you have one, and your children if you have
The kinds of topics you
will discuss include:
Why you want to adopt a child
What your childhood was like
Your marriage (if applicable)
Your lifestyle and how it would
accommodate a child
Your parenting philosophy
You support system
As part of the home study,
the case worker will contact your friends, relatives and employers for
You will be
asked to see your doctor for a physical examination to determine
your state of health, and your doctor will be asked to supply your
medical records for the past two years.
When your application has been approved, your name will join a pool of
waiting families. The task of the adoption staff is to match the
strengths of the family with the needs of the child. In order to get
better acquainted with the children in need of a foster home, you may
attend department-sponsored events with children seeking families or
look at the Children in Waiting brochures or the department's adoption
homepage on the Internet at http://www.adoptflorida.org.
When a "match"
between your family and a child has been made,
we will provide you with information and a picture of the child. When
you decide you want to meet the child, the adoption counselor will
arrange it for you. If you feel you and the child are right for each
other, you will visit together several times until everyone is
comfortable, and then the child will come to live with your family. To
ensure everyone is happy with the adoption, there is a three month
"adjustment" period before the adoption is complete.
The process will be over
when you finalize the adoption before a judge. Your child will receive
a new birth certificate with his or her new last name on it - yours.
Then you and your child are a family in the eyes of the law.
Myth: It takes a long
time to adopt.
Fact: The process to
adopt a foster child -attending a 10-week parenting course, completing
a home study and physical exams-can usually be
completed within eight months. Once a child comes to live with you, you
will have a trial period to make sure your family and the child are a
good fit. Then you can proceed with the adoption as soon as you are
ready and the child's adoption counselor agrees. Many people wait for
years to adopt an infant through a private adoption agency. But, you
may be able to adopt an older child, a group of siblings or a child
with special emotional, physical or developmental needs much more
quickly through the state's adoption program.
Myth: It is expensive
to adopt a child.
Fact: While it is true
that some parents pay tens of thousands of dollars to arrange a private
adoption, adopting a foster child is not expensive. The main costs
associated with an adoption through Children and Family Services are
court costs and attorney's fees. In most cases these costs are less
than $500 and may be reimbursed by the state.
Myth: It is easier to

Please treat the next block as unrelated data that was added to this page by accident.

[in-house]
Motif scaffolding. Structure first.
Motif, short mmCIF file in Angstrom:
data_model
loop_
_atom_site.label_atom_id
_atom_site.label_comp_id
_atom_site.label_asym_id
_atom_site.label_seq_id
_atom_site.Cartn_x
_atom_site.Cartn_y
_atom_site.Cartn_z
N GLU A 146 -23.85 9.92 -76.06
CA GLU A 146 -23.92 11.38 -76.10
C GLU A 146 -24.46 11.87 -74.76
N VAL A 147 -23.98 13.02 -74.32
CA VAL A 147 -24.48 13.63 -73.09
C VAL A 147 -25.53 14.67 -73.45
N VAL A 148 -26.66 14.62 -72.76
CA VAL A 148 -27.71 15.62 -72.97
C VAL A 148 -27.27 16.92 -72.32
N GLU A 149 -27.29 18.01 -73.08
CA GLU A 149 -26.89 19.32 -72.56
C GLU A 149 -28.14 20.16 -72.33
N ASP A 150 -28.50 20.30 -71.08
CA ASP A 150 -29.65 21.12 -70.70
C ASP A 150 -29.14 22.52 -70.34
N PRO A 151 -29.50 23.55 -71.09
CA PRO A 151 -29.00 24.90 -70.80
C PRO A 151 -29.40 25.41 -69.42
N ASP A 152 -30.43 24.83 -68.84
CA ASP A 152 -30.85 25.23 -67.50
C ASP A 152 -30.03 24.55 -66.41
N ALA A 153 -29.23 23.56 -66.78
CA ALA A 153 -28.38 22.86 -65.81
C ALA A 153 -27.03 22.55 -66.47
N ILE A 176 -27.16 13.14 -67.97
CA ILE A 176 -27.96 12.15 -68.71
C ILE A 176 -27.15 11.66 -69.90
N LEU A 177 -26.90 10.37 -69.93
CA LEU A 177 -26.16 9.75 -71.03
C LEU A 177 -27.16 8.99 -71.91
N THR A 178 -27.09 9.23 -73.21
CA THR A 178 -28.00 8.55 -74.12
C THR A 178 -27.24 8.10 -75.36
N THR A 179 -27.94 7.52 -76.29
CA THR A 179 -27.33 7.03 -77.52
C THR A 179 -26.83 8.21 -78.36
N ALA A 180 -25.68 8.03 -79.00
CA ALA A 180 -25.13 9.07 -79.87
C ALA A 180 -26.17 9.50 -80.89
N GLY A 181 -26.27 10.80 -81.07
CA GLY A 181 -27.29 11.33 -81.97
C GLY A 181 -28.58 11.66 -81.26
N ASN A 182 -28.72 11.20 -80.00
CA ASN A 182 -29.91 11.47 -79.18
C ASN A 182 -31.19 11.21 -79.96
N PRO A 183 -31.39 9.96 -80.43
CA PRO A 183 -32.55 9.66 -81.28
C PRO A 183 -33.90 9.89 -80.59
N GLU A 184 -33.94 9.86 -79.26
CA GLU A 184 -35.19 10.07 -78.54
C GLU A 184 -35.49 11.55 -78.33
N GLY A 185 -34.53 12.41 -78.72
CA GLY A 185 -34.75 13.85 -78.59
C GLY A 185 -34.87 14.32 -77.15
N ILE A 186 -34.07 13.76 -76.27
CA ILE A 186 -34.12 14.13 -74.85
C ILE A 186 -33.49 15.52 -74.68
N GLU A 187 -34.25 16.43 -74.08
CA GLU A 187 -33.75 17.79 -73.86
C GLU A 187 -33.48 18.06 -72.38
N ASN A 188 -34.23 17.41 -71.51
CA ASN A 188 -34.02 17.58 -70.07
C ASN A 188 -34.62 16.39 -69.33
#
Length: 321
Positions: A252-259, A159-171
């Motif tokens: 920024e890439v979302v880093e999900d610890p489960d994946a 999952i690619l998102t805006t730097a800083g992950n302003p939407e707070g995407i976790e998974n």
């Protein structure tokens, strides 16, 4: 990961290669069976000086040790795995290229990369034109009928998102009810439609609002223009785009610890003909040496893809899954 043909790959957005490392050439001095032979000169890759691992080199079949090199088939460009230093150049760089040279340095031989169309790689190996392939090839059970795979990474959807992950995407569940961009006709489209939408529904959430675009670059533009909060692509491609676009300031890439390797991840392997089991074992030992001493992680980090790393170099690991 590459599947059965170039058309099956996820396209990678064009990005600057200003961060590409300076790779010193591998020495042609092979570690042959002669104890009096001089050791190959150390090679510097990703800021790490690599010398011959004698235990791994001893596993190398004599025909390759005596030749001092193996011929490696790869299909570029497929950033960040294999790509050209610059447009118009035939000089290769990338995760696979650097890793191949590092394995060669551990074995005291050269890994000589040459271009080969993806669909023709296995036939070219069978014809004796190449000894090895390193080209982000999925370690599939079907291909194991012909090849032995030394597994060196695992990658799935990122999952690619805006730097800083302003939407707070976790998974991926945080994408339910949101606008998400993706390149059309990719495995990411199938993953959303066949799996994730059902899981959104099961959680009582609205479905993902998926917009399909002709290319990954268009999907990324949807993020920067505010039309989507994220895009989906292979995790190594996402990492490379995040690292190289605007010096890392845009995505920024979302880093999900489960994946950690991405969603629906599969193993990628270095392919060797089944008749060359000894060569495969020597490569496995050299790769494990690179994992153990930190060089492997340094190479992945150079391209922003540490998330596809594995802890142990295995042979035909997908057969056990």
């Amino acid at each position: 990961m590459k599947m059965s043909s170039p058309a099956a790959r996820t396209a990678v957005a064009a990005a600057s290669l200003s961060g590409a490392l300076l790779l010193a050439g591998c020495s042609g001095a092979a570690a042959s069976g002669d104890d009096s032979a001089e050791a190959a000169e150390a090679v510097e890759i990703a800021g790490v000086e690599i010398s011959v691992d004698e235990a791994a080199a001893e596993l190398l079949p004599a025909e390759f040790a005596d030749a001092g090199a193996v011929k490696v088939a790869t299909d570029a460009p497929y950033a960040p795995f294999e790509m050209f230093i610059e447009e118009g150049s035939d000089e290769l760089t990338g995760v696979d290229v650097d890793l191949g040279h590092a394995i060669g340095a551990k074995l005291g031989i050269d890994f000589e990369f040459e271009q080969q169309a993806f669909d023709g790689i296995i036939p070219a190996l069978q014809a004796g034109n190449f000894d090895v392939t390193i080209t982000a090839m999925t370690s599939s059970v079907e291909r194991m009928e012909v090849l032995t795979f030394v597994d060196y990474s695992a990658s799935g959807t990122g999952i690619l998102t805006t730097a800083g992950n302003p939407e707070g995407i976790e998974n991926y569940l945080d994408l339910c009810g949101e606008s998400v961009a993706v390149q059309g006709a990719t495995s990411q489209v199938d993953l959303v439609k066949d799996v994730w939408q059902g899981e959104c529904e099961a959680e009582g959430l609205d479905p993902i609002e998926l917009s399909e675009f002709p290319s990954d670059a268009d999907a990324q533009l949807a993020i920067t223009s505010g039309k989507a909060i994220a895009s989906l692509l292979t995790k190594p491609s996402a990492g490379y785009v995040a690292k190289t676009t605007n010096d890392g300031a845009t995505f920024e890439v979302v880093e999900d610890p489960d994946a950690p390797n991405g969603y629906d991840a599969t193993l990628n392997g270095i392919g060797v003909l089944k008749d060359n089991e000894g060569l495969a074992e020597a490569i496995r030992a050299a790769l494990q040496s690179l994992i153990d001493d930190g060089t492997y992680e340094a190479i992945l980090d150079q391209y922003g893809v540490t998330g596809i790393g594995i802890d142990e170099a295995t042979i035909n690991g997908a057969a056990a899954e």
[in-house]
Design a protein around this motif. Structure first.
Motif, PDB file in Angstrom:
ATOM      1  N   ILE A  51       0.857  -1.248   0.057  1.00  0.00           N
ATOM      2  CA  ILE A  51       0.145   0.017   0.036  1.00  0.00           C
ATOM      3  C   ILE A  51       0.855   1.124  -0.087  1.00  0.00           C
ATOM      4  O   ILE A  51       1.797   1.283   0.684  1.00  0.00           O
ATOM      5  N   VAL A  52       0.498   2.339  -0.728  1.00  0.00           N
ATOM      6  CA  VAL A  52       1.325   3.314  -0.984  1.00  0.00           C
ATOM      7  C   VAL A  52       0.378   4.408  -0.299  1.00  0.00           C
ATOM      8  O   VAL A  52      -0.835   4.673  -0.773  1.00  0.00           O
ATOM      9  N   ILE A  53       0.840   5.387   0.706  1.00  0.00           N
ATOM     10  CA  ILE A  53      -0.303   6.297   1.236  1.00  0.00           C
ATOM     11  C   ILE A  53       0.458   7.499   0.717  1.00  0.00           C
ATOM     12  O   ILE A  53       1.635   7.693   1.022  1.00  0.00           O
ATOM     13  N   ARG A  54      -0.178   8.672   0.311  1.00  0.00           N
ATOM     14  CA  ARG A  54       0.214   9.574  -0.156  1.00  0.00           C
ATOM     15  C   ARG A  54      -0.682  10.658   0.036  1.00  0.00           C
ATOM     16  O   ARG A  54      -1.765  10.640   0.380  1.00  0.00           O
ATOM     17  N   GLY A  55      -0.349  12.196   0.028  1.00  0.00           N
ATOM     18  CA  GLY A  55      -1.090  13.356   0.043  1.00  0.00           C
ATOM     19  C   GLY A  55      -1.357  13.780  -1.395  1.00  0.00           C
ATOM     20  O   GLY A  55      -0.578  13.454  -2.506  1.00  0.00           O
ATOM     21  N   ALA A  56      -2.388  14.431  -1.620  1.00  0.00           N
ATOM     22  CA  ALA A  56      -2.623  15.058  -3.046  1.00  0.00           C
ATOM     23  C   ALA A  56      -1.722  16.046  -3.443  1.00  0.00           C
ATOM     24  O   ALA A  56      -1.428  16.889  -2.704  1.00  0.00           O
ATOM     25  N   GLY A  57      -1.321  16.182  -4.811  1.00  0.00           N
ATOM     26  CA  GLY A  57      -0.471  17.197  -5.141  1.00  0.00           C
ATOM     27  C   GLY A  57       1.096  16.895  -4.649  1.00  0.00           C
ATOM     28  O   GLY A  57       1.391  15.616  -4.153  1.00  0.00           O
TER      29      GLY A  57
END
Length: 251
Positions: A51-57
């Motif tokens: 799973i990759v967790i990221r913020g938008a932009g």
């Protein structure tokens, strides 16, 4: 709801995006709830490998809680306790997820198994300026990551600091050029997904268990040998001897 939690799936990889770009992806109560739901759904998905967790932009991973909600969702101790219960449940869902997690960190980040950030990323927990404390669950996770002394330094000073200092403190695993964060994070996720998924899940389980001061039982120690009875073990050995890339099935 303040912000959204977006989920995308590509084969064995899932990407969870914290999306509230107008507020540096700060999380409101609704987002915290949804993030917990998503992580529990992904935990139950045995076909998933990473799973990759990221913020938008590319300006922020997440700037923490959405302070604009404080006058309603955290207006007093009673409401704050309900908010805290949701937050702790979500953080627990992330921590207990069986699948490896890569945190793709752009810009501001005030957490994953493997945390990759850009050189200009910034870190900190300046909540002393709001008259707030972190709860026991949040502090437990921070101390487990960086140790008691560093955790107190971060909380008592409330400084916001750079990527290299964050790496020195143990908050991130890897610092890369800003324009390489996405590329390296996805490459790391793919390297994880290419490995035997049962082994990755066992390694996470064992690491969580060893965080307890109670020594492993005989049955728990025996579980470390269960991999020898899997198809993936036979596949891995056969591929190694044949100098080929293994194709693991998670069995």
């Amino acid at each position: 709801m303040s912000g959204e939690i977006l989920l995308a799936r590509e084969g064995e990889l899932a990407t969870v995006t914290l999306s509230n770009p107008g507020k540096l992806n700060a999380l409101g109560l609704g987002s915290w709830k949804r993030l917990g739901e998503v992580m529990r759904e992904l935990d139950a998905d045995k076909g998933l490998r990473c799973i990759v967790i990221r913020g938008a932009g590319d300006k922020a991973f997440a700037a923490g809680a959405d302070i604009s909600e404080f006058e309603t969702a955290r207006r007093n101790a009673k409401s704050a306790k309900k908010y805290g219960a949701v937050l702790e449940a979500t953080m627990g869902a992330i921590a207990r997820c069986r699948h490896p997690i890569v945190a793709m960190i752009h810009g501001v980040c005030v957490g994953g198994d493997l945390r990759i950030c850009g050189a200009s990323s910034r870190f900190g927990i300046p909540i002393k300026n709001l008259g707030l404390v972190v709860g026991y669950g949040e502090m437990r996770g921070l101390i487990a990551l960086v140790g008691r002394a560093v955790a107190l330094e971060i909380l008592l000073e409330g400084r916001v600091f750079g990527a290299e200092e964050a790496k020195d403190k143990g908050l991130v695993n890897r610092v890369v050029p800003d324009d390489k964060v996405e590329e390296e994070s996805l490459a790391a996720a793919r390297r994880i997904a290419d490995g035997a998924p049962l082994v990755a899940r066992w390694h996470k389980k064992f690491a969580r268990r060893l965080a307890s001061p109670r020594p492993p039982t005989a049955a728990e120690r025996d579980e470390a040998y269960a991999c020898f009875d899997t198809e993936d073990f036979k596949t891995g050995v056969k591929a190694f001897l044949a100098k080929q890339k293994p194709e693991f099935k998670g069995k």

adopt if you are a foster parent first.
Fact: It is true that
52% of our adoptive placements are with foster parents who cared for
the child as a foster family first. So, foster parenting can be a good
route to matching children with permanent homes. However, foster
parents must never assume that a foster child will become eligible for
adoption because almost half of our foster children eventually go back
to live with their biological families. Most foster parents who become
adoptive parents have cared for and relinquished dozens of children
before they are matched with a foster child
who is available for adoption.
Myth: All the children
available for adoption through the department have disabilities.
Fact: Some foster
children looking for permanent homes have physical or mental
disabilities. But many have no health problems or disabilities. Most
Children with disabilities reach their best potential in loving,
Myth: You have to
young or financially well-off to adopt.
Fact: Many of our most
successful adoptive parents are older or have modest incomes. Age is
not an automatic disqualification, and, in fact, older parents may be a
better match for an older child or teenager. Children need loving
homes, not necessarily wealthy ones.
Myth: You can't adopt
a child of another race.
Fact: Almost 60
percent of the children waiting for adoption are African-Americanving home.. The
department has a special initiative, One Church,
One Child, that focuses on finding homes for these children. We
recognize that what a child needs most is a permanent, loving home.
How You Can Help
We hope you want to
become an adoptive parent. But even if you decide that adoption is not for
you, you can still be part of the partnership to find loving homes for
our foster children. Here are some suggestions for how you can help.
You can help in a
variety of ways:
Distribute Partners for Adoption
Arrange for an adoption specialist from
Children and Family Services to speak at your place of worship, civic
group or parent/teacher organization.
Tell other people about adoption and the
needs of special children. Donate your time, talents or skills to work
on this effort.
Encourage your employer to become a
Partner for Adoption by promoting adoption in other ways. Share this
information kit on adoption with a company that might want to help.
Conduct fund-raising events to help with
the extracurricular needs of children in foster homes and shelters.
These needs include special tutors, camps, sports and music and art
Pass on this brochure to someone else
when you are finished with it.
The decision to adopt requires
thoughtful consideration and communication with your family. By
discussing adoption with people you know, you may help them to realize
that they want to give a child the chance to be part of a forever home.
So join your friends and neighbors in the partnership to match children
with families. You can make the difference by opening your heart to Florida's foster children.
If you have any
suggestions or questions, or if you want to volunteer, please
contact us and ask for the department's adoption office nearest you.
Florida's Adoption Information Center
4203 Southpoint Blvd.
Jacksonville, Florida 32216
Out of Florida: 904-353-0679